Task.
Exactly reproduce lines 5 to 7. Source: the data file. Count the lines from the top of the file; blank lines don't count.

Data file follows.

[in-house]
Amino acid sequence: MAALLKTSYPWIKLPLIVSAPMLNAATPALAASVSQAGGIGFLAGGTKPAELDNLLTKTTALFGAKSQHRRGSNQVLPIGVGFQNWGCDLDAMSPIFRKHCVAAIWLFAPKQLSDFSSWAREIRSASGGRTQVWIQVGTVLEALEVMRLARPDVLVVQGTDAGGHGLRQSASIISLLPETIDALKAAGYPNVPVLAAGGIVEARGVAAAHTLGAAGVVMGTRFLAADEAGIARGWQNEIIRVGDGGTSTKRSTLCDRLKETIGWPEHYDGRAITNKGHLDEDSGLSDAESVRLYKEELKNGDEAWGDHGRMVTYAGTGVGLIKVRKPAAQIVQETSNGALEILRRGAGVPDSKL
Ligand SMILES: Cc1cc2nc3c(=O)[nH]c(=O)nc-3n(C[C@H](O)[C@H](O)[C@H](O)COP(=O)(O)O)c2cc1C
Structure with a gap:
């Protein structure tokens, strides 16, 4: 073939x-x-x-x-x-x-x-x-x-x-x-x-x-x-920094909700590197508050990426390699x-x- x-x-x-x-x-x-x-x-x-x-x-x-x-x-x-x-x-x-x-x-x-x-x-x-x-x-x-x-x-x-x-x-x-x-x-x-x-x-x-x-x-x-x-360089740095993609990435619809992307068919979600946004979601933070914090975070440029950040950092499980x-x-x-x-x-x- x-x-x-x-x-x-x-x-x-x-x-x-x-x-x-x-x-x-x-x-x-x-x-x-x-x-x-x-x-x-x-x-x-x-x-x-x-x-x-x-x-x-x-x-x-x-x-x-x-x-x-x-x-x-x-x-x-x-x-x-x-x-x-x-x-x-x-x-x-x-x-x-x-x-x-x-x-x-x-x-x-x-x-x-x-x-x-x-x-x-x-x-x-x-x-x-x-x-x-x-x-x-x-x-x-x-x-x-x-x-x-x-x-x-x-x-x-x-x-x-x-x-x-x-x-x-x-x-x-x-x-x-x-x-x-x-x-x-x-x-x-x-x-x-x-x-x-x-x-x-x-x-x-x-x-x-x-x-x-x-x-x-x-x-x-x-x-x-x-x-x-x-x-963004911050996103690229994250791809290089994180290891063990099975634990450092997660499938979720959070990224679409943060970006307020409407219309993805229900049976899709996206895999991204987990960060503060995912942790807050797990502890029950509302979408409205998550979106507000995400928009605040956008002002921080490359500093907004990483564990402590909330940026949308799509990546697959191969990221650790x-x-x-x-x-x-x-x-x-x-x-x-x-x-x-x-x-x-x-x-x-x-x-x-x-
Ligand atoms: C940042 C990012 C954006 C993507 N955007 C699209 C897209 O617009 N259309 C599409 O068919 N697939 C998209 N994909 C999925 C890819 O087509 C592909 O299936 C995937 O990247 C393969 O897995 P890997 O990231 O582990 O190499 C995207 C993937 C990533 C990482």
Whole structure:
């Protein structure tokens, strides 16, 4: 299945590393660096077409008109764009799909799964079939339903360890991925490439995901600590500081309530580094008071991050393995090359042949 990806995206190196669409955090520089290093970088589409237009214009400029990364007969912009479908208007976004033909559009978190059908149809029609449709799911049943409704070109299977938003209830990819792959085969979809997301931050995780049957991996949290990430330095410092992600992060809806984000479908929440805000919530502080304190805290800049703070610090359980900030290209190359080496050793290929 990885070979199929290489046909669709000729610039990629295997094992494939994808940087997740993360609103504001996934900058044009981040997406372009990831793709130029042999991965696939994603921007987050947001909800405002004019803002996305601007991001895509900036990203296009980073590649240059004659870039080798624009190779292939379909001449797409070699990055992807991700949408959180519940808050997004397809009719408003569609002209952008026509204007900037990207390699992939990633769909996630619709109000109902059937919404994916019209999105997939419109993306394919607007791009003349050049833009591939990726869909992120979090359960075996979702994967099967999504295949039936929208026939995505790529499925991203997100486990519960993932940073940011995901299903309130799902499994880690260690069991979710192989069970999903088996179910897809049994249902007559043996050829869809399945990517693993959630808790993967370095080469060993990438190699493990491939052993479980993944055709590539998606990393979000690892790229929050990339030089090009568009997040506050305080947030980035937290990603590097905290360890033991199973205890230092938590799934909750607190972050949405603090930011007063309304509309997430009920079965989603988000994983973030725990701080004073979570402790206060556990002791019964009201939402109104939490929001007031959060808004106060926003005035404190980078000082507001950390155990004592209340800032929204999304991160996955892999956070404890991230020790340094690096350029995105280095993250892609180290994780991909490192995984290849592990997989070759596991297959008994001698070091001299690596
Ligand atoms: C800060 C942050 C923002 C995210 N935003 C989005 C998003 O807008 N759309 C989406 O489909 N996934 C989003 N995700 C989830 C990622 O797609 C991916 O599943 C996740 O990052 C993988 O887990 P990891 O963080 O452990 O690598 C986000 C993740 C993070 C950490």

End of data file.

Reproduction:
């Protein structure tokens, strides 16, 4: 073939x-x-x-x-x-x-x-x-x-x-x-x-x-x-920094909700590197508050990426390699x-x- x-x-x-x-x-x-x-x-x-x-x-x-x-x-x-x-x-x-x-x-x-x-x-x-x-x-x-x-x-x-x-x-x-x-x-x-x-x-x-x-x-x-x-360089740095993609990435619809992307068919979600946004979601933070914090975070440029950040950092499980x-x-x-x-x-x- x-x-x-x-x-x-x-x-x-x-x-x-x-x-x-x-x-x-x-x-x-x-x-x-x-x-x-x-x-x-x-x-x-x-x-x-x-x-x-x-x-x-x-x-x-x-x-x-x-x-x-x-x-x-x-x-x-x-x-x-x-x-x-x-x-x-x-x-x-x-x-x-x-x-x-x-x-x-x-x-x-x-x-x-x-x-x-x-x-x-x-x-x-x-x-x-x-x-x-x-x-x-x-x-x-x-x-x-x-x-x-x-x-x-x-x-x-x-x-x-x-x-x-x-x-x-x-x-x-x-x-x-x-x-x-x-x-x-x-x-x-x-x-x-x-x-x-x-x-x-x-x-x-x-x-x-x-x-x-x-x-x-x-x-x-x-x-x-x-x-x-x-x-963004911050996103690229994250791809290089994180290891063990099975634990450092997660499938979720959070990224679409943060970006307020409407219309993805229900049976899709996206895999991204987990960060503060995912942790807050797990502890029950509302979408409205998550979106507000995400928009605040956008002002921080490359500093907004990483564990402590909330940026949308799509990546697959191969990221650790x-x-x-x-x-x-x-x-x-x-x-x-x-x-x-x-x-x-x-x-x-x-x-x-x-
Ligand atoms: C940042 C990012 C954006 C993507 N955007 C699209 C897209 O617009 N259309 C599409 O068919 N697939 C998209 N994909 C999925 C890819 O087509 C592909 O299936 C995937 O990247 C393969 O897995 P890997 O990231 O582990 O190499 C995207 C993937 C990533 C990482």
Whole structure: